“Your mother; is going to be taken.”
As Neeson says towards the end of the film “I’m tired”. I wonder if this will become his “I’m getting too old for this shit” or “Yippie-kay-yay”. Even though he seemed to walking his career into the aged action hero he does seem to already be worn with so few films under his belt.
I could go on for another 1000 words or so listing off cast members of The Expendables and their ridiculously well known catch phrases that have both plagued and fuelled their film careers. Liam Neeson, best to my knowledge l, was never an action hero. He was a man of Shakespeare and he surprised us all four years ago becoming a new old age of action. Since then he’s been milking it with Batman Begins, The Grey and The A-Team. Here he returns for the sequel of his surprise box office hit that has him reminding us that no matter what he says into a phone will sound badass and scare the shit out of anyone on the other end.
This iteration comes with considerably less action and even a faster paced editing to allow for easier sequences and less believed effect of showing us one man take down five combatants at once. Sadly the film doesn’t quite pull off the desired result that the first one did.
Taken 2 film hinges on two action sequences and nothing more. With the odd division of Kim (Maggie Grace) and Lenore (Famke Jansen) with this film it creates two different climaxes and not for the better. After Bryan (Liam Neeson) and Lenore are taken the film has Kim be the helping Mills family member who follows Bryan’s every instruction to help them escape. However, everything doesn’t work out as planned and this ends up making a scenario where while one Mills family member is safe the other is not and we switch this around as when one is saved it’s like a level in a video game is completed and you never see that character again until the very end of the movie when the whole ordeal is completed. It’s distractingly poor writing and nothing more.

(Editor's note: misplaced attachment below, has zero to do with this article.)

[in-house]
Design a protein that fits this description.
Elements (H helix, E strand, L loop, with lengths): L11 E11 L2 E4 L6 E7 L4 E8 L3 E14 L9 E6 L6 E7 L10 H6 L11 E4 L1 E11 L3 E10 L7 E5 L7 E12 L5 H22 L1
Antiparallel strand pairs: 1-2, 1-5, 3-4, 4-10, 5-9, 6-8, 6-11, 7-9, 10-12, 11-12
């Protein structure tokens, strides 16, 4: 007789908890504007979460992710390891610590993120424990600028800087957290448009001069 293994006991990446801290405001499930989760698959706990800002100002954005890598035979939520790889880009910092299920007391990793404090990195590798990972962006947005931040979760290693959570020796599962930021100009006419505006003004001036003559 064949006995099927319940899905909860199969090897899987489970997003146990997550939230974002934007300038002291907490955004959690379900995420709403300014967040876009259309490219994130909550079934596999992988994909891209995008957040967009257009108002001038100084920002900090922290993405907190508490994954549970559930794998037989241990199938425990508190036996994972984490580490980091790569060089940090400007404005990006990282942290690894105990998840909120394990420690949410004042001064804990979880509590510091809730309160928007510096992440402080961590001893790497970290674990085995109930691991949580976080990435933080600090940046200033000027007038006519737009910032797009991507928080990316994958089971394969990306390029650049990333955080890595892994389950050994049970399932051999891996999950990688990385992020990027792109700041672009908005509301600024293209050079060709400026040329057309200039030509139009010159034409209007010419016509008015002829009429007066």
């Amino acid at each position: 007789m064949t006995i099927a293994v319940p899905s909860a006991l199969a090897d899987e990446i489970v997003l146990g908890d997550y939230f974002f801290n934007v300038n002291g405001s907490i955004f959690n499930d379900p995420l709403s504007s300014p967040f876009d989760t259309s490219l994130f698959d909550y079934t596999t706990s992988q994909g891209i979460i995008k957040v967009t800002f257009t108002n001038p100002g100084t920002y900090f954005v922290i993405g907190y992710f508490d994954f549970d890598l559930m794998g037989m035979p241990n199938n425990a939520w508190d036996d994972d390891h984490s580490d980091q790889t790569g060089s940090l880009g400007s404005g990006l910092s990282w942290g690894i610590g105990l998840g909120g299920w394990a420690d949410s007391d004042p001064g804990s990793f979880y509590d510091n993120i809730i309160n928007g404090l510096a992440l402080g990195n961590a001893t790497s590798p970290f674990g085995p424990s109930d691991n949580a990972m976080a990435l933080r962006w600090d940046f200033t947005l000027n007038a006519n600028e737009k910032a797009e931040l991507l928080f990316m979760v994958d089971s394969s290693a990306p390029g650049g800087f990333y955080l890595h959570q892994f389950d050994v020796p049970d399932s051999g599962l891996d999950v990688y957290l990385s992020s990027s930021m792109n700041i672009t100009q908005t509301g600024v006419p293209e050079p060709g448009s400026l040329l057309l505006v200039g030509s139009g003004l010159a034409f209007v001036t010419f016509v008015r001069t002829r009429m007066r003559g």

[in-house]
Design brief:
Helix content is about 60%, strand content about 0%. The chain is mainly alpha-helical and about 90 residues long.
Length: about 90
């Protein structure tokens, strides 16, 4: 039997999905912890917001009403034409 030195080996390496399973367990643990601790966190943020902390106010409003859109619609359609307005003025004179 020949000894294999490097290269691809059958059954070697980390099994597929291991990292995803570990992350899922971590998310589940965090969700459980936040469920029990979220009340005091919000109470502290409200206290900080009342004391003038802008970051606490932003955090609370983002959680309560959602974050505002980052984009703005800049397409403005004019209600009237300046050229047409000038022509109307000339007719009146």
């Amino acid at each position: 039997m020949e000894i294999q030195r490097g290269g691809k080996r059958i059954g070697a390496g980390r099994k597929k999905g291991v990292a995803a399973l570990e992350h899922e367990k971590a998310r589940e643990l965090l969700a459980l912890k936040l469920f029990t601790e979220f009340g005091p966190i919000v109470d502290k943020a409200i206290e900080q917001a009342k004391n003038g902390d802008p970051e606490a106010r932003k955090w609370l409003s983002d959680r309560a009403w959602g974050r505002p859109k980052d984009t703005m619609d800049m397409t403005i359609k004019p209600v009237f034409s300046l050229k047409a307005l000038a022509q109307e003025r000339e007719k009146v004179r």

In the same year that Looper, the smart action film which takes a serious look at causality, here we’re fed a film which refuses to look at its own results of its actions. Maybe that’s because this is the story of the hero who’s forced to act as opposed to the Eastern European bad guys, Murad Krasniqi (Rade Serbedzija), who choose to act. When the film reaches the second climax and asks its characters to look at what their actions mean and will create it chooses to ignore it for the sake of a dull kill.
The film, while it has its moments, shows it’s hand as a quickened product when one realizes that it tries to skate by as it uses references Nicolas Winding Refn’s Drive from last year to try and increase its own ‘cool’ factor. It even takes the song “A Real Hero” and plays it as Kim rides down an elevator and has the track “Tick of the Clock” play as Bryan tells Kim to wait in the car for five minutes and leave if he doesn’t return before the time runs out. It’s infuriating. While I tend to welcome films to reference other films that I love, here it feels stretching and adding in for no reason other than to show this film’s own emptiness.